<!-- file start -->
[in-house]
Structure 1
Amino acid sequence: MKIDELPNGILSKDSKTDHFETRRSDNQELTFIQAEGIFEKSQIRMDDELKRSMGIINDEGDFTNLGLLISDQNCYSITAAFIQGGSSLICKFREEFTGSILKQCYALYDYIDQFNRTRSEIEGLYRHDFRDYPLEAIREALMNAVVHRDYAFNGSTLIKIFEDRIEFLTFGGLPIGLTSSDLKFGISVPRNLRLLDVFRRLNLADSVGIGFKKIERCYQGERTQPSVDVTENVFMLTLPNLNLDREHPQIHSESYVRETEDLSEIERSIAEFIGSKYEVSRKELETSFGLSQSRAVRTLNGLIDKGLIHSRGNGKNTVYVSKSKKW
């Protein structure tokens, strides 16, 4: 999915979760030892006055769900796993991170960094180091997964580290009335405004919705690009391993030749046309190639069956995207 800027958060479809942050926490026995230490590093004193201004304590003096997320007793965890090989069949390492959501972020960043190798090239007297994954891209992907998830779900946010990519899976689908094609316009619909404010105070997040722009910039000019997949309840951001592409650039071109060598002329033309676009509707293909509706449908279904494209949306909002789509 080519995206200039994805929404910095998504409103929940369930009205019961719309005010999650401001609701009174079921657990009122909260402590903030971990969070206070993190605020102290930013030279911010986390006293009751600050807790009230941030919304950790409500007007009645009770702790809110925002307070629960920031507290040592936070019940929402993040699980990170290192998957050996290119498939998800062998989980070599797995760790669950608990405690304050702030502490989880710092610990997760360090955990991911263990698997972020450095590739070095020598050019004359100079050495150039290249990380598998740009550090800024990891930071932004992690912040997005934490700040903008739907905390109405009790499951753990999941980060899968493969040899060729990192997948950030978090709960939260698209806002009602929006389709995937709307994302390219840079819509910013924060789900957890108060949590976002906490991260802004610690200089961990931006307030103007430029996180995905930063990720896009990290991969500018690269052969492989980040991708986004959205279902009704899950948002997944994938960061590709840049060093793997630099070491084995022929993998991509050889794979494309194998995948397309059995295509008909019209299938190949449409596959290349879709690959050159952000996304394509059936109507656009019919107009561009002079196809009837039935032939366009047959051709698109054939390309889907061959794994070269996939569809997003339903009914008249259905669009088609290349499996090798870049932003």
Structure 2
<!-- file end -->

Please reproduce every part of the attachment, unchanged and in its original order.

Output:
[in-house]
Structure 1
Amino acid sequence: MKIDELPNGILSKDSKTDHFETRRSDNQELTFIQAEGIFEKSQIRMDDELKRSMGIINDEGDFTNLGLLISDQNCYSITAAFIQGGSSLICKFREEFTGSILKQCYALYDYIDQFNRTRSEIEGLYRHDFRDYPLEAIREALMNAVVHRDYAFNGSTLIKIFEDRIEFLTFGGLPIGLTSSDLKFGISVPRNLRLLDVFRRLNLADSVGIGFKKIERCYQGERTQPSVDVTENVFMLTLPNLNLDREHPQIHSESYVRETEDLSEIERSIAEFIGSKYEVSRKELETSFGLSQSRAVRTLNGLIDKGLIHSRGNGKNTVYVSKSKKW
């Protein structure tokens, strides 16, 4: 999915979760030892006055769900796993991170960094180091997964580290009335405004919705690009391993030749046309190639069956995207 800027958060479809942050926490026995230490590093004193201004304590003096997320007793965890090989069949390492959501972020960043190798090239007297994954891209992907998830779900946010990519899976689908094609316009619909404010105070997040722009910039000019997949309840951001592409650039071109060598002329033309676009509707293909509706449908279904494209949306909002789509 080519995206200039994805929404910095998504409103929940369930009205019961719309005010999650401001609701009174079921657990009122909260402590903030971990969070206070993190605020102290930013030279911010986390006293009751600050807790009230941030919304950790409500007007009645009770702790809110925002307070629960920031507290040592936070019940929402993040699980990170290192998957050996290119498939998800062998989980070599797995760790669950608990405690304050702030502490989880710092610990997760360090955990991911263990698997972020450095590739070095020598050019004359100079050495150039290249990380598998740009550090800024990891930071932004992690912040997005934490700040903008739907905390109405009790499951753990999941980060899968493969040899060729990192997948950030978090709960939260698209806002009602929006389709995937709307994302390219840079819509910013924060789900957890108060949590976002906490991260802004610690200089961990931006307030103007430029996180995905930063990720896009990290991969500018690269052969492989980040991708986004959205279902009704899950948002997944994938960061590709840049060093793997630099070491084995022929993998991509050889794979494309194998995948397309059995295509008909019209299938190949449409596959290349879709690959050159952000996304394509059936109507656009019919107009561009002079196809009837039935032939366009047959051709698109054939390309889907061959794994070269996939569809997003339903009914008249259905669009088609290349499996090798870049932003």
Structure 2